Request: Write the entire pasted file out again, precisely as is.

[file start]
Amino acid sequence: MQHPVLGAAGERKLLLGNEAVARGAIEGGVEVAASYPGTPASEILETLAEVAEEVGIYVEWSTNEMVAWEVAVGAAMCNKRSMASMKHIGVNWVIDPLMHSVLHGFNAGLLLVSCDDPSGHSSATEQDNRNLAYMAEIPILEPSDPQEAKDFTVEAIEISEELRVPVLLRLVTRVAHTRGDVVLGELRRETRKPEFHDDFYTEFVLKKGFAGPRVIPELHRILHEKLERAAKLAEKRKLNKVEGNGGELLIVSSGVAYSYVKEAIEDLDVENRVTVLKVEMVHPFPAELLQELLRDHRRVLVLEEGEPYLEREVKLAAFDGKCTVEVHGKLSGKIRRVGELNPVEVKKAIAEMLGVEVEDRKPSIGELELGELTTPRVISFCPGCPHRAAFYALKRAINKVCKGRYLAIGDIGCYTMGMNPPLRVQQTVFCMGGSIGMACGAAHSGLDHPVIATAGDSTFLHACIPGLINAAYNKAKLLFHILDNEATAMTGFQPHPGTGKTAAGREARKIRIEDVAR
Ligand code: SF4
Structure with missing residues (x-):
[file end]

Amino acid sequence: MQHPVLGAAGERKLLLGNEAVARGAIEGGVEVAASYPGTPASEILETLAEVAEEVGIYVEWSTNEMVAWEVAVGAAMCNKRSMASMKHIGVNWVIDPLMHSVLHGFNAGLLLVSCDDPSGHSSATEQDNRNLAYMAEIPILEPSDPQEAKDFTVEAIEISEELRVPVLLRLVTRVAHTRGDVVLGELRRETRKPEFHDDFYTEFVLKKGFAGPRVIPELHRILHEKLERAAKLAEKRKLNKVEGNGGELLIVSSGVAYSYVKEAIEDLDVENRVTVLKVEMVHPFPAELLQELLRDHRRVLVLEEGEPYLEREVKLAAFDGKCTVEVHGKLSGKIRRVGELNPVEVKKAIAEMLGVEVEDRKPSIGELELGELTTPRVISFCPGCPHRAAFYALKRAINKVCKGRYLAIGDIGCYTMGMNPPLRVQQTVFCMGGSIGMACGAAHSGLDHPVIATAGDSTFLHACIPGLINAAYNKAKLLFHILDNEATAMTGFQPHPGTGKTAAGREARKIRIEDVAR
Ligand code: SF4
Structure with missing residues (x-):